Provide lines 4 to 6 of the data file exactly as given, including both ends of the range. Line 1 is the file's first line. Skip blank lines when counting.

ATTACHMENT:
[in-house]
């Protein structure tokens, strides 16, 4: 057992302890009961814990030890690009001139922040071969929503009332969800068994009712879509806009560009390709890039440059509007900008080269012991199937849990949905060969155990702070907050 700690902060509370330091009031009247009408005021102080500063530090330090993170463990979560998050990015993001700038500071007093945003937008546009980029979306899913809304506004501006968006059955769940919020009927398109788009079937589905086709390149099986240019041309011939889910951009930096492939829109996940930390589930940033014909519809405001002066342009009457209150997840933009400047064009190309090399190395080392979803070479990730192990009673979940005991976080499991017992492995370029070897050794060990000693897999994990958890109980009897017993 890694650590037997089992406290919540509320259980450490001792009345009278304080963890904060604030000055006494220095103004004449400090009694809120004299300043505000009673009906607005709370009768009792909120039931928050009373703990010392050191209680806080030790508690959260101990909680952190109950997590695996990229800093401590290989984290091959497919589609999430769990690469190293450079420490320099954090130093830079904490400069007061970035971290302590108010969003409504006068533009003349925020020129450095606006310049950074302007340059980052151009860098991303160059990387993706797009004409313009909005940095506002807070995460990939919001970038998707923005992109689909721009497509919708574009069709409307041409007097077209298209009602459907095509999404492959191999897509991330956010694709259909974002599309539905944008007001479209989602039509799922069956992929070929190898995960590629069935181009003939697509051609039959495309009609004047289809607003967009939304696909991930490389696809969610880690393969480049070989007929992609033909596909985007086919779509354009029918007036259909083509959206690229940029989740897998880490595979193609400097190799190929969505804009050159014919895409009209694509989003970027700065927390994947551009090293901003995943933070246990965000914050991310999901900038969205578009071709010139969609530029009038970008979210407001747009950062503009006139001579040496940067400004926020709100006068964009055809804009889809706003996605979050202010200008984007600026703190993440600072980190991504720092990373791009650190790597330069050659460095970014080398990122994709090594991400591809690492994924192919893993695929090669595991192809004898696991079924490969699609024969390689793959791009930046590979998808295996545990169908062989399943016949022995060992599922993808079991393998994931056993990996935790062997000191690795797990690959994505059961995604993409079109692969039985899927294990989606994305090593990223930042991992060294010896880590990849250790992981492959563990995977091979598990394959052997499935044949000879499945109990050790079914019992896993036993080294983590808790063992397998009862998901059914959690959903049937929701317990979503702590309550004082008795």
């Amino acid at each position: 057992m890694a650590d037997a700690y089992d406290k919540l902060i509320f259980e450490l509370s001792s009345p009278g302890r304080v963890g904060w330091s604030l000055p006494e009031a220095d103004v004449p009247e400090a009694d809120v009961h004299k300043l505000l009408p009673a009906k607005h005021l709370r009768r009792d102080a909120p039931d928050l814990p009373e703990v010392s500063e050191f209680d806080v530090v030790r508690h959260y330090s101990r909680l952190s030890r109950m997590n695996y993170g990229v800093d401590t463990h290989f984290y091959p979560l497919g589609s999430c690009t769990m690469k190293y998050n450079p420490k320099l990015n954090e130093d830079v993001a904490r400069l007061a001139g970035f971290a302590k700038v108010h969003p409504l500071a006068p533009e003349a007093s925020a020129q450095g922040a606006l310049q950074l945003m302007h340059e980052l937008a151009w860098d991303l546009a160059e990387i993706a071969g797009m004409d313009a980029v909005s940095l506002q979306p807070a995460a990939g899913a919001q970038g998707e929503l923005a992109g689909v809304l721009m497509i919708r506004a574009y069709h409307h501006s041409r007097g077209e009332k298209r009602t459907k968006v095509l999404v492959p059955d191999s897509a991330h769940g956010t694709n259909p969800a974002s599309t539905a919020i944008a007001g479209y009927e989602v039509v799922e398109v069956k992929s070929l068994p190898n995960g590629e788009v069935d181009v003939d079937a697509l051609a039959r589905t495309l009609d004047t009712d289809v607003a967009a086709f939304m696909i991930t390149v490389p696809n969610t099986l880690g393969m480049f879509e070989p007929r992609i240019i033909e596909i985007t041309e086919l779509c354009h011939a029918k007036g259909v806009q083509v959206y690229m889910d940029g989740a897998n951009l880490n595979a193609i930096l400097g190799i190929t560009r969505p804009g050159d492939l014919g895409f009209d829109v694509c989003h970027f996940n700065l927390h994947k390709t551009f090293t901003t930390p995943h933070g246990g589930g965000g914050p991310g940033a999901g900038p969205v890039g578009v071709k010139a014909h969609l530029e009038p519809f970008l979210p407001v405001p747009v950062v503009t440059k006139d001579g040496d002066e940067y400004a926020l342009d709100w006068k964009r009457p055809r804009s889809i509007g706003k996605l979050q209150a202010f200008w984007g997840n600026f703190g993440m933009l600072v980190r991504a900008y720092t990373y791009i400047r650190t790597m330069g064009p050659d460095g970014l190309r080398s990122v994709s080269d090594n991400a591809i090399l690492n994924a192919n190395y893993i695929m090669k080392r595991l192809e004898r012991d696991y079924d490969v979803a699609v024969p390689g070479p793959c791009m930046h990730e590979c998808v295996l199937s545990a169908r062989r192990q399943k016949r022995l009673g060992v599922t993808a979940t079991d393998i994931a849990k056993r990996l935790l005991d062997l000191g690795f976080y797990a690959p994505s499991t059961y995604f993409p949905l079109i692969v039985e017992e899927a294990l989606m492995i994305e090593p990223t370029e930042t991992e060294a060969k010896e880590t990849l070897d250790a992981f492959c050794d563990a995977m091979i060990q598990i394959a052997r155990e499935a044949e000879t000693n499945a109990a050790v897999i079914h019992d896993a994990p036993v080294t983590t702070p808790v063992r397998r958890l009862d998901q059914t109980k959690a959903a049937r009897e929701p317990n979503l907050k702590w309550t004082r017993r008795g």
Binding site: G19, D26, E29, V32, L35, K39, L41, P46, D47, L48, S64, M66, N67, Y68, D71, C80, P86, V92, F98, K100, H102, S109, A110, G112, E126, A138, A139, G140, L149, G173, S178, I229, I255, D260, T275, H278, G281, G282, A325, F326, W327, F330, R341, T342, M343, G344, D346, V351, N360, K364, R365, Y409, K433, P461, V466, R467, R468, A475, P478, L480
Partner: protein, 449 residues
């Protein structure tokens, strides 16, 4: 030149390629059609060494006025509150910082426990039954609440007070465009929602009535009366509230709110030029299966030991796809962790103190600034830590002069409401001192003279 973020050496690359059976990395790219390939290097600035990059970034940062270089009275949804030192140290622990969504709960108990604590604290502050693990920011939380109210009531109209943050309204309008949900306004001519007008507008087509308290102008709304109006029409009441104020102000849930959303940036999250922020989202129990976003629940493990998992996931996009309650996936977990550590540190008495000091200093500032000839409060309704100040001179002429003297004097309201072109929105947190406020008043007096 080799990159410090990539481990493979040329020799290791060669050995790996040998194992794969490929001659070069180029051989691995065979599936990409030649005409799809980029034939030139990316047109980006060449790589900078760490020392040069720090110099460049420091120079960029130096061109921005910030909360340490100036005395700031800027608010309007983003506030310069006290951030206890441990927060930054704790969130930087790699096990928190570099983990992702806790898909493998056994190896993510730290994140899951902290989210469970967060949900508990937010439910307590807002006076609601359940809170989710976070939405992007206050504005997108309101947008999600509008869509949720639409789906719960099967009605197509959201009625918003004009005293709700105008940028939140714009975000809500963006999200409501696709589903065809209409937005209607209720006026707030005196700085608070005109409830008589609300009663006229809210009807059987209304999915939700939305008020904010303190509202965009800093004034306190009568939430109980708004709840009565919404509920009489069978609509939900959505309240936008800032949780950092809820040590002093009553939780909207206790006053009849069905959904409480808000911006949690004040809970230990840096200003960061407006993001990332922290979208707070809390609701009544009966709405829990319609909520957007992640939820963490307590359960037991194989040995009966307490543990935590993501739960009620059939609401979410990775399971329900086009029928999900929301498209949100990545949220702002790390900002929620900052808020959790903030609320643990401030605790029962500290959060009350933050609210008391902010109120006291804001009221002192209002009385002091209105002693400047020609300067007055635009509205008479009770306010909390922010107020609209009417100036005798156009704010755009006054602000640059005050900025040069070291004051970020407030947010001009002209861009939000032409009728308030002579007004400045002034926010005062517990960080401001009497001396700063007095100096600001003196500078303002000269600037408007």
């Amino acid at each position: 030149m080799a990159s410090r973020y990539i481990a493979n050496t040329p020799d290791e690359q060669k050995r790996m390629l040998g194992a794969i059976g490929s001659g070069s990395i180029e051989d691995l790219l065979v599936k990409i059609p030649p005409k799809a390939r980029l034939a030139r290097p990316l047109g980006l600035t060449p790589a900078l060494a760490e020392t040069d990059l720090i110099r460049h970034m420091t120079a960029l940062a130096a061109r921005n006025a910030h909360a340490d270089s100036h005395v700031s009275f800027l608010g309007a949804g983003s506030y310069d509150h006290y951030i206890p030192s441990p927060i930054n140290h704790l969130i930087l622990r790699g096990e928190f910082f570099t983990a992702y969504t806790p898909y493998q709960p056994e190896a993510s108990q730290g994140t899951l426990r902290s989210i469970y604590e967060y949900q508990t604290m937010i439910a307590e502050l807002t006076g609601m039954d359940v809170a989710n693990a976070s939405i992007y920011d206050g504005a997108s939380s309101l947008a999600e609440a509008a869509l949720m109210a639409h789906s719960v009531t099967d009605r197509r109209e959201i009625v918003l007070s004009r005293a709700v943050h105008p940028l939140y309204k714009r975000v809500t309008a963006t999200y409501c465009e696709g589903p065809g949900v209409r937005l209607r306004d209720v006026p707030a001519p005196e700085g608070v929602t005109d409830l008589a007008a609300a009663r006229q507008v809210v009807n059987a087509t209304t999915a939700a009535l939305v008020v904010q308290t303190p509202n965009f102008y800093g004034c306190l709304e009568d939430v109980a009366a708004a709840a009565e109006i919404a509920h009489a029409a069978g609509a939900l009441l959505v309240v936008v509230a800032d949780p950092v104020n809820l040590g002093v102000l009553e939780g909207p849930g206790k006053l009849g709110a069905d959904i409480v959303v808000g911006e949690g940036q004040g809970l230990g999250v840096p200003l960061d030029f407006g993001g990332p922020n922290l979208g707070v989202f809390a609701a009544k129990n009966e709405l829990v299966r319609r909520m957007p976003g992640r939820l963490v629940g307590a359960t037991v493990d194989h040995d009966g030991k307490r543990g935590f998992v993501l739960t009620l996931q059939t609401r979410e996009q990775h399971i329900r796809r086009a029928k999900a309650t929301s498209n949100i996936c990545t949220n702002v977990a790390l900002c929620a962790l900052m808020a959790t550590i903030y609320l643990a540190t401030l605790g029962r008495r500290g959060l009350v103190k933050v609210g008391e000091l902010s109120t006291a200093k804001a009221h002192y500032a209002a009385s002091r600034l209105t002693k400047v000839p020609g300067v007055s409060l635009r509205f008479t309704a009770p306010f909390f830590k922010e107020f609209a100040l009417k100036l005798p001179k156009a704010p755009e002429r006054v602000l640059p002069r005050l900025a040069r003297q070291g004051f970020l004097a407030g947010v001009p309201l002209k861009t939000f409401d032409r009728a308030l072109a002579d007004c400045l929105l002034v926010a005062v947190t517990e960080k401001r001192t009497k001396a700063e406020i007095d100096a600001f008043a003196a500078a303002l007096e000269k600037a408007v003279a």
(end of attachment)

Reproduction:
Binding site: G19, D26, E29, V32, L35, K39, L41, P46, D47, L48, S64, M66, N67, Y68, D71, C80, P86, V92, F98, K100, H102, S109, A110, G112, E126, A138, A139, G140, L149, G173, S178, I229, I255, D260, T275, H278, G281, G282, A325, F326, W327, F330, R341, T342, M343, G344, D346, V351, N360, K364, R365, Y409, K433, P461, V466, R467, R468, A475, P478, L480
Partner: protein, 449 residues
């Protein structure tokens, strides 16, 4: 030149390629059609060494006025509150910082426990039954609440007070465009929602009535009366509230709110030029299966030991796809962790103190600034830590002069409401001192003279 973020050496690359059976990395790219390939290097600035990059970034940062270089009275949804030192140290622990969504709960108990604590604290502050693990920011939380109210009531109209943050309204309008949900306004001519007008507008087509308290102008709304109006029409009441104020102000849930959303940036999250922020989202129990976003629940493990998992996931996009309650996936977990550590540190008495000091200093500032000839409060309704100040001179002429003297004097309201072109929105947190406020008043007096 080799990159410090990539481990493979040329020799290791060669050995790996040998194992794969490929001659070069180029051989691995065979599936990409030649005409799809980029034939030139990316047109980006060449790589900078760490020392040069720090110099460049420091120079960029130096061109921005910030909360340490100036005395700031800027608010309007983003506030310069006290951030206890441990927060930054704790969130930087790699096990928190570099983990992702806790898909493998056994190896993510730290994140899951902290989210469970967060949900508990937010439910307590807002006076609601359940809170989710976070939405992007206050504005997108309101947008999600509008869509949720639409789906719960099967009605197509959201009625918003004009005293709700105008940028939140714009975000809500963006999200409501696709589903065809209409937005209607209720006026707030005196700085608070005109409830008589609300009663006229809210009807059987209304999915939700939305008020904010303190509202965009800093004034306190009568939430109980708004709840009565919404509920009489069978609509939900959505309240936008800032949780950092809820040590002093009553939780909207206790006053009849069905959904409480808000911006949690004040809970230990840096200003960061407006993001990332922290979208707070809390609701009544009966709405829990319609909520957007992640939820963490307590359960037991194989040995009966307490543990935590993501739960009620059939609401979410990775399971329900086009029928999900929301498209949100990545949220702002790390900002929620900052808020959790903030609320643990401030605790029962500290959060009350933050609210008391902010109120006291804001009221002192209002009385002091209105002693400047020609300067007055635009509205008479009770306010909390922010107020609209009417100036005798156009704010755009006054602000640059005050900025040069070291004051970020407030947010001009002209861009939000032409009728308030002579007004400045002034926010005062517990960080401001009497001396700063007095100096600001003196500078303002000269600037408007």